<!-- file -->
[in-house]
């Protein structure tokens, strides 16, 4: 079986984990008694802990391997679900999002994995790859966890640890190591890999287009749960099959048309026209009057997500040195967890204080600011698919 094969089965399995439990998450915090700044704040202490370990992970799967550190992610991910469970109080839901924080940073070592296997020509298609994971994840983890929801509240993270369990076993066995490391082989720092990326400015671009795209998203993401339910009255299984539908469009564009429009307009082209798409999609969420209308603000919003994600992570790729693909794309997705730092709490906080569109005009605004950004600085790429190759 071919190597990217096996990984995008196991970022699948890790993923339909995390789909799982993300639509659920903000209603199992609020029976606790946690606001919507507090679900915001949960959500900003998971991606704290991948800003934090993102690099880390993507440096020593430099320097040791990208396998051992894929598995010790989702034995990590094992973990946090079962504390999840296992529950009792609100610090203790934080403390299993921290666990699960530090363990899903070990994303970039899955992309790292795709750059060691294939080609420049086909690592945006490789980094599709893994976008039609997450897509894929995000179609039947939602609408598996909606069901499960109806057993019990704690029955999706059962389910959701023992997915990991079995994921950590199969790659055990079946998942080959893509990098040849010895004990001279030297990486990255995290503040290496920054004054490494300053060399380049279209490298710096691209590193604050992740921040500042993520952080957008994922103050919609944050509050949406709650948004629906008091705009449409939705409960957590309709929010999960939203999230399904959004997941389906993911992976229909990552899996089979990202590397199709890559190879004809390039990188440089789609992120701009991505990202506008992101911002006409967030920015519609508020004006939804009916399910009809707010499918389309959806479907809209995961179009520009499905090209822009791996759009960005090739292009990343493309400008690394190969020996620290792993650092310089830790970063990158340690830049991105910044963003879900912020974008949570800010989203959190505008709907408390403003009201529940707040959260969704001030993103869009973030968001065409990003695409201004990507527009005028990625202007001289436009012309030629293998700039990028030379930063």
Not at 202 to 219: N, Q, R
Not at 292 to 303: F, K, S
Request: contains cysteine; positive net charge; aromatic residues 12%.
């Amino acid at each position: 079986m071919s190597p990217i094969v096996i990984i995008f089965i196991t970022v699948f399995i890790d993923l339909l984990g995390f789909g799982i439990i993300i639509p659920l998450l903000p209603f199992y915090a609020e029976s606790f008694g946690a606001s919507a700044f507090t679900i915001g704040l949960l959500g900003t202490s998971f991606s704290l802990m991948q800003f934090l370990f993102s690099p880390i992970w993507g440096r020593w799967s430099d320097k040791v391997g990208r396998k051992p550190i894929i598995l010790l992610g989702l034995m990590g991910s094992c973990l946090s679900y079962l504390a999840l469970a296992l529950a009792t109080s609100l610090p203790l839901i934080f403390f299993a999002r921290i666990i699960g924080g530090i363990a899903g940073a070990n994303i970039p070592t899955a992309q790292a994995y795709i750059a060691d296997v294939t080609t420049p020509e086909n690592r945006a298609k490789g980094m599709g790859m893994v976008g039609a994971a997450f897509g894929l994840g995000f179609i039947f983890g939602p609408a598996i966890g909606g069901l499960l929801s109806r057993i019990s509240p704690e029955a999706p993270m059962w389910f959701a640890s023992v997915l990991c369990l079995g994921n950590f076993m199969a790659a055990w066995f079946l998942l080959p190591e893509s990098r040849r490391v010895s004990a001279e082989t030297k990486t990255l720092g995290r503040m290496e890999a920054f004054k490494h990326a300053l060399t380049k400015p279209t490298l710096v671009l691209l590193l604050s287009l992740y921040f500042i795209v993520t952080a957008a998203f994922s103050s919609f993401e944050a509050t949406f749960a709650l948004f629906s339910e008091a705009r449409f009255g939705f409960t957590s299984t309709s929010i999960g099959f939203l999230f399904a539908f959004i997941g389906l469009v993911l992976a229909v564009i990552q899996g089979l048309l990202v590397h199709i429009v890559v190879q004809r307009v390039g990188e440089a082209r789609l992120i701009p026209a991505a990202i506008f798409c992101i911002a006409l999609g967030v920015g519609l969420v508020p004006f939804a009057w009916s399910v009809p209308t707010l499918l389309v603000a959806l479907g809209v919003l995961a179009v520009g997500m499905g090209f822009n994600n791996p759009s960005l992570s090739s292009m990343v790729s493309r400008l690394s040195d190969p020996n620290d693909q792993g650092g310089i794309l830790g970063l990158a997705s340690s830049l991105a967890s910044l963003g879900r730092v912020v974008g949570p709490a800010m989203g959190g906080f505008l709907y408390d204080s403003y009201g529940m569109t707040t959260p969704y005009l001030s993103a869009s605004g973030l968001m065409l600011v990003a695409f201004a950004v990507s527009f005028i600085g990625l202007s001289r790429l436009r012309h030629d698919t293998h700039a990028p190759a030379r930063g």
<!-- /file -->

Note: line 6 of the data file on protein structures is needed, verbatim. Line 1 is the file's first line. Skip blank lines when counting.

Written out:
């Amino acid at each position: 079986m071919s190597p990217i094969v096996i990984i995008f089965i196991t970022v699948f399995i890790d993923l339909l984990g995390f789909g799982i439990i993300i639509p659920l998450l903000p209603f199992y915090a609020e029976s606790f008694g946690a606001s919507a700044f507090t679900i915001g704040l949960l959500g900003t202490s998971f991606s704290l802990m991948q800003f934090l370990f993102s690099p880390i992970w993507g440096r020593w799967s430099d320097k040791v391997g990208r396998k051992p550190i894929i598995l010790l992610g989702l034995m990590g991910s094992c973990l946090s679900y079962l504390a999840l469970a296992l529950a009792t109080s609100l610090p203790l839901i934080f403390f299993a999002r921290i666990i699960g924080g530090i363990a899903g940073a070990n994303i970039p070592t899955a992309q790292a994995y795709i750059a060691d296997v294939t080609t420049p020509e086909n690592r945006a298609k490789g980094m599709g790859m893994v976008g039609a994971a997450f897509g894929l994840g995000f179609i039947f983890g939602p609408a598996i966890g909606g069901l499960l929801s109806r057993i019990s509240p704690e029955a999706p993270m059962w389910f959701a640890s023992v997915l990991c369990l079995g994921n950590f076993m199969a790659a055990w066995f079946l998942l080959p190591e893509s990098r040849r490391v010895s004990a001279e082989t030297k990486t990255l720092g995290r503040m290496e890999a920054f004054k490494h990326a300053l060399t380049k400015p279209t490298l710096v671009l691209l590193l604050s287009l992740y921040f500042i795209v993520t952080a957008a998203f994922s103050s919609f993401e944050a509050t949406f749960a709650l948004f629906s339910e008091a705009r449409f009255g939705f409960t957590s299984t309709s929010i999960g099959f939203l999230f399904a539908f959004i997941g389906l469009v993911l992976a229909v564009i990552q899996g089979l048309l990202v590397h199709i429009v890559v190879q004809r307009v390039g990188e440089a082209r789609l992120i701009p026209a991505a990202i506008f798409c992101i911002a006409l999609g967030v920015g519609l969420v508020p004006f939804a009057w009916s399910v009809p209308t707010l499918l389309v603000a959806l479907g809209v919003l995961a179009v520009g997500m499905g090209f822009n994600n791996p759009s960005l992570s090739s292009m990343v790729s493309r400008l690394s040195d190969p020996n620290d693909q792993g650092g310089i794309l830790g970063l990158a997705s340690s830049l991105a967890s910044l963003g879900r730092v912020v974008g949570p709490a800010m989203g959190g906080f505008l709907y408390d204080s403003y009201g529940m569109t707040t959260p969704y005009l001030s993103a869009s605004g973030l968001m065409l600011v990003a695409f201004a950004v990507s527009f005028i600085g990625l202007s001289r790429l436009r012309h030629d698919t293998h700039a990028p190759a030379r930063g």